PF2 will not succeed how PF1 succeeded because there is no 4e hysteria to capitalize on, and when it inevitably becomes clear PF2 isn't more popular than PF1 in like two months or whatever I'm sure there will be plenty of people that'll declare the thing a failure. But it doesn't need to outsell 5e, it doesn't need to outsell anything, it just needs to fill in that underserved niche and show that crunchy systems don't have to be terrible or inaccessible.


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Helmic wrote:
When it inevitably becomes clear PF2 isn't more popular than PF1 in like two months or whatever I'm sure there will be plenty of people that'll declare the thing a failure.

But surely Paizo's goal is to increase sales.

PF2 must be the mule that carries future product releases (APs, rulebooks, campaign books, etc.) on its back.

If it is no more up to the task than PF1 (presumably now) is, then it will be a failure from the company's perspective.


Pathfinder Roleplaying Game Superscriber

I believe Helmic was implying a comparison between PF2e's first two months and PF1e's first two months.


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pjrogers wrote:
Gorbacz wrote:
You think ...

FWIW, I think the following things:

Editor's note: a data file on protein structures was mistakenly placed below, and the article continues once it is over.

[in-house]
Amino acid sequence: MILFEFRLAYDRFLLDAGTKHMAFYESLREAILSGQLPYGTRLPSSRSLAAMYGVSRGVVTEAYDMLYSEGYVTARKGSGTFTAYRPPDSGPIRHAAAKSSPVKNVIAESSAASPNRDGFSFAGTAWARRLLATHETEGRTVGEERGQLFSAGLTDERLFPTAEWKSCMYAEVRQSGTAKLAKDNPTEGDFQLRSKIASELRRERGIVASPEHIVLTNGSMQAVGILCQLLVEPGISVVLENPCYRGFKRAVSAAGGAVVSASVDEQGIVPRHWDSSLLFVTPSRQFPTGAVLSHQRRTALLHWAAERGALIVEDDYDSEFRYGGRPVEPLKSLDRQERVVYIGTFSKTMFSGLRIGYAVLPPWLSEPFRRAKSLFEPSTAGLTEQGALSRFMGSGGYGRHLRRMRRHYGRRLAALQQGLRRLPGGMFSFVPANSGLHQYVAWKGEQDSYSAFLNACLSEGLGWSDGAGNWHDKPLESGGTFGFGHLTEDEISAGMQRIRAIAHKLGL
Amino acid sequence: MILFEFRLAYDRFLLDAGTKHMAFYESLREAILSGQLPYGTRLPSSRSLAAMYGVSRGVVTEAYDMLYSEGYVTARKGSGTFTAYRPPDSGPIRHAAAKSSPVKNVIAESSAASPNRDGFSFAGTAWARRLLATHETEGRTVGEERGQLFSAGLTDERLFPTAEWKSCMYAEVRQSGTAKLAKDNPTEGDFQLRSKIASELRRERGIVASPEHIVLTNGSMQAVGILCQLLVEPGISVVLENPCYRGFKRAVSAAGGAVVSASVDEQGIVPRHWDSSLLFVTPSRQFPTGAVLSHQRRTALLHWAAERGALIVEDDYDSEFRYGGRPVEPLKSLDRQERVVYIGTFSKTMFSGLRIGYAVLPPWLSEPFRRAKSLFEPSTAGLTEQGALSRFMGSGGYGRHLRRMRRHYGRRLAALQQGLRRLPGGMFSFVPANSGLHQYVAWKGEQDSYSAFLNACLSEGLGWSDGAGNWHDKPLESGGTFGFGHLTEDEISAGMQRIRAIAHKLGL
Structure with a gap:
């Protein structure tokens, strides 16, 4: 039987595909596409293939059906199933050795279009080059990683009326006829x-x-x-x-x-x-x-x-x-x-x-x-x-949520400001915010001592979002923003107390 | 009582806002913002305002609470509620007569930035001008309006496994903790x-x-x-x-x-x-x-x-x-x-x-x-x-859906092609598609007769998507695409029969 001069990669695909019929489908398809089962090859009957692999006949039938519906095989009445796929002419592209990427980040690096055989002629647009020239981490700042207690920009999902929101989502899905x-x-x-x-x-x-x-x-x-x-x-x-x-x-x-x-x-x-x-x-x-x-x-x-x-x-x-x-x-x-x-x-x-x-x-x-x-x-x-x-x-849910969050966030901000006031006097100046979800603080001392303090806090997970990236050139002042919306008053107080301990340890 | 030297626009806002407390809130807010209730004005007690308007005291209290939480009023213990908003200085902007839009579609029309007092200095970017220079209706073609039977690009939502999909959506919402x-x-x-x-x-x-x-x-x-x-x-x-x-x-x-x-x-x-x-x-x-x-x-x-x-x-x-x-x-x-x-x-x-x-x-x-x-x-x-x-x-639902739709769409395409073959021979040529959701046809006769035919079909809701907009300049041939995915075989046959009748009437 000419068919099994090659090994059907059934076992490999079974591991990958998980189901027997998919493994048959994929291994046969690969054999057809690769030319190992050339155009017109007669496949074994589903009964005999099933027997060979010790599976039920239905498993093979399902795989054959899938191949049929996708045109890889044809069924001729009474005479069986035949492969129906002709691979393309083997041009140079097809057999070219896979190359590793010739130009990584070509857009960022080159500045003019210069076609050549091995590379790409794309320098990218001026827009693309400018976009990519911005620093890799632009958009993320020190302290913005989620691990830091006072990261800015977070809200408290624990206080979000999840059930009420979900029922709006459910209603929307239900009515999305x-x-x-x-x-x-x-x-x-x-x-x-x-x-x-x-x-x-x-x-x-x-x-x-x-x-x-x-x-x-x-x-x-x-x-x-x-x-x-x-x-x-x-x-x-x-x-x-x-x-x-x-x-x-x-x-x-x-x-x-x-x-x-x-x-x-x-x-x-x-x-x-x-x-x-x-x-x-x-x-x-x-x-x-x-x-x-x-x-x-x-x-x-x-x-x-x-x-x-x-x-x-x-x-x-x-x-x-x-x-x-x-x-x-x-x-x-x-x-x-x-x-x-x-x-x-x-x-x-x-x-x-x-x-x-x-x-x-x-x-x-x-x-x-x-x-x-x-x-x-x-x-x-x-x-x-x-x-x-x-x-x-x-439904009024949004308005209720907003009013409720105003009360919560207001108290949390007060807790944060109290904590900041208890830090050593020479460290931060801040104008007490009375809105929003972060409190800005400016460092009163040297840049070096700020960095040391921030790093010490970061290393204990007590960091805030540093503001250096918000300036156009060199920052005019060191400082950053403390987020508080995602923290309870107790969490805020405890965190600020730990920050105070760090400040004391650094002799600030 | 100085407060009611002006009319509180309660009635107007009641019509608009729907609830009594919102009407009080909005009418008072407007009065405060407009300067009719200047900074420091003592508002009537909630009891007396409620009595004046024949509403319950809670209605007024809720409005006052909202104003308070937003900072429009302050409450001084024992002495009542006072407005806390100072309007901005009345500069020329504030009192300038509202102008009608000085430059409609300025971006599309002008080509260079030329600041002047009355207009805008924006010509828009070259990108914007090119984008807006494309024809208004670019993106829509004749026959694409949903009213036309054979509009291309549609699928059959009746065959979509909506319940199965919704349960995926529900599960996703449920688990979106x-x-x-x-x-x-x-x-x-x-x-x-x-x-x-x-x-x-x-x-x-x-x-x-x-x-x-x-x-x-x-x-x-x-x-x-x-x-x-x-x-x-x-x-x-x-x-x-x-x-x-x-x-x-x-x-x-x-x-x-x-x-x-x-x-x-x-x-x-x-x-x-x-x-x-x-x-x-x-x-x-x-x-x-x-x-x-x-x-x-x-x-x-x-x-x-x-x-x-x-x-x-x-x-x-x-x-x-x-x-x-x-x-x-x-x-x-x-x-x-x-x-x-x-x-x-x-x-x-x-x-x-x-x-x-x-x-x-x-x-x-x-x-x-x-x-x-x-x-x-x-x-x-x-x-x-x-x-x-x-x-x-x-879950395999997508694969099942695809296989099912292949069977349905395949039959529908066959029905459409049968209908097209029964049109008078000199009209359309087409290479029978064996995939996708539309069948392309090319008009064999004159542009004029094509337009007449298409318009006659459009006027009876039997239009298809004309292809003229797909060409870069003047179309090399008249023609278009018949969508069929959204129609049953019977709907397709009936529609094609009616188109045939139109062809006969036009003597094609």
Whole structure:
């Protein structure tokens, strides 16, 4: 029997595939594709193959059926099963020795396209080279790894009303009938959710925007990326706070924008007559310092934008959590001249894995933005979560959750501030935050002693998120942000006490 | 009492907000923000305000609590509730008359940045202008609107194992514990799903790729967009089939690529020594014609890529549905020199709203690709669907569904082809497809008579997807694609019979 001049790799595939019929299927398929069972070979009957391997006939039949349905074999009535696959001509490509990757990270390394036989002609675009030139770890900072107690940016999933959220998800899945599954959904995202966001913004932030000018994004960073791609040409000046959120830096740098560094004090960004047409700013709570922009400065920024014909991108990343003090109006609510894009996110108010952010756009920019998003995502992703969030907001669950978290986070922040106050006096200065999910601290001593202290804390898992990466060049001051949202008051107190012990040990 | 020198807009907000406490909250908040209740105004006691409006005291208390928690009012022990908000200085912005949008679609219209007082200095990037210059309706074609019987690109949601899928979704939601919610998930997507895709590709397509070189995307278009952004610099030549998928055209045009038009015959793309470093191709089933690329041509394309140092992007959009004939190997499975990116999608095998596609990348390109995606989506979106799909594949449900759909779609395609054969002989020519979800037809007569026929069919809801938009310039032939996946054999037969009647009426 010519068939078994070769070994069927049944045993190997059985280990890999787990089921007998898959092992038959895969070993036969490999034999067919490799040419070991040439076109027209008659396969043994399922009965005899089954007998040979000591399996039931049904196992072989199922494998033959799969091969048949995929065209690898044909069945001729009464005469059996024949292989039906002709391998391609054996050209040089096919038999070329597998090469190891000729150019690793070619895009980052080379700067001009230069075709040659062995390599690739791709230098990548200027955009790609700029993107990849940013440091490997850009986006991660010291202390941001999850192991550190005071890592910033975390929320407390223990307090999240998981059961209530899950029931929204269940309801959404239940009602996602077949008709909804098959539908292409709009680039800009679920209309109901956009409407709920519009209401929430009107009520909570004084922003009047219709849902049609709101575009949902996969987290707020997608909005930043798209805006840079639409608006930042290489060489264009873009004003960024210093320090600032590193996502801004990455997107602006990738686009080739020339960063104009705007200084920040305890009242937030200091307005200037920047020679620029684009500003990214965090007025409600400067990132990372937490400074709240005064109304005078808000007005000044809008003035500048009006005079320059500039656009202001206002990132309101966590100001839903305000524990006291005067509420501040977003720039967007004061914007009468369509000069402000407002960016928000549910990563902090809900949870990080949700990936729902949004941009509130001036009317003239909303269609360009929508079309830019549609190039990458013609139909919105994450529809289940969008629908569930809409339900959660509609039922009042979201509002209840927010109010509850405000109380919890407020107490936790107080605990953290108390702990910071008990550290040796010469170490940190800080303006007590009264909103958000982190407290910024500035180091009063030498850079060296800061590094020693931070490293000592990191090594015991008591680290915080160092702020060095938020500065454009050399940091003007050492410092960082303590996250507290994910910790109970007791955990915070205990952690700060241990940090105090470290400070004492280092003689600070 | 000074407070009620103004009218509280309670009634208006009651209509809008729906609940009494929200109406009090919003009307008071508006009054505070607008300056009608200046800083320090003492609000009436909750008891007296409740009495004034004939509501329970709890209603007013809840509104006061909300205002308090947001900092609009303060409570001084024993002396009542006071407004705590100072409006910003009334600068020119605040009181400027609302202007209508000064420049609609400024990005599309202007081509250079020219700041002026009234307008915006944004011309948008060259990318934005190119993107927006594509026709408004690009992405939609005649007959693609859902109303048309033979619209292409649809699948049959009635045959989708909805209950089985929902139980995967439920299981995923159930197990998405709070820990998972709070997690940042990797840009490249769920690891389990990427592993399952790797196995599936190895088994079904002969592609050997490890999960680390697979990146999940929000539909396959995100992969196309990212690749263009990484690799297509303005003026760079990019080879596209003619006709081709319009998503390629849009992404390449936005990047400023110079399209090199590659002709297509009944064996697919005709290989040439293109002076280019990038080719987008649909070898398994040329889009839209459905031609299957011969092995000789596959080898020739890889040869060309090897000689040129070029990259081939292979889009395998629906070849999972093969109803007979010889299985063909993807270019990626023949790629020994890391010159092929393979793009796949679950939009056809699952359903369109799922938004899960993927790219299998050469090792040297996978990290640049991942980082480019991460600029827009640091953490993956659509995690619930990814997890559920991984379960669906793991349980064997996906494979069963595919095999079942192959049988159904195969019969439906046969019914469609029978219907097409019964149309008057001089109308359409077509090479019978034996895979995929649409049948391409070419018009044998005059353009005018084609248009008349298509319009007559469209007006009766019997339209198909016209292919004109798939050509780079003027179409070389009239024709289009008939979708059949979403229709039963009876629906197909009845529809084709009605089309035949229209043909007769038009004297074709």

1) PF1e is a big old mess. It's got lots and lots of cool stuff, but it's got almost as many problems. I'm not a huge defender of it in its current form, and I agree that something needs to be done.

2) However, I do not think that PF2e as it appears to be shaping up is the answer. For one thing, I don't think it will really fix the "system mastery" problem as that is a function of Paizo's business model of putting out lots and lots of supplemental material, and there's no evidence that this will change. In a few years, PF2e with its likely large additional number of splatbooks, etc. will require a "M.A. in system mastery," similar to the current PF1e.

3) Paizo has a window of opportunity here to produce a rationalized, reorganized, and reimplemented PF1e, which they can call PF2e for branding reasons. Such a PF1.5 reimplementation could then be followed with a more disciplined and methodical process/schedule of releasing supplemental material so that the problems we see in PF1e (and are likely to see in what looks likely as PF2e) will not reappear.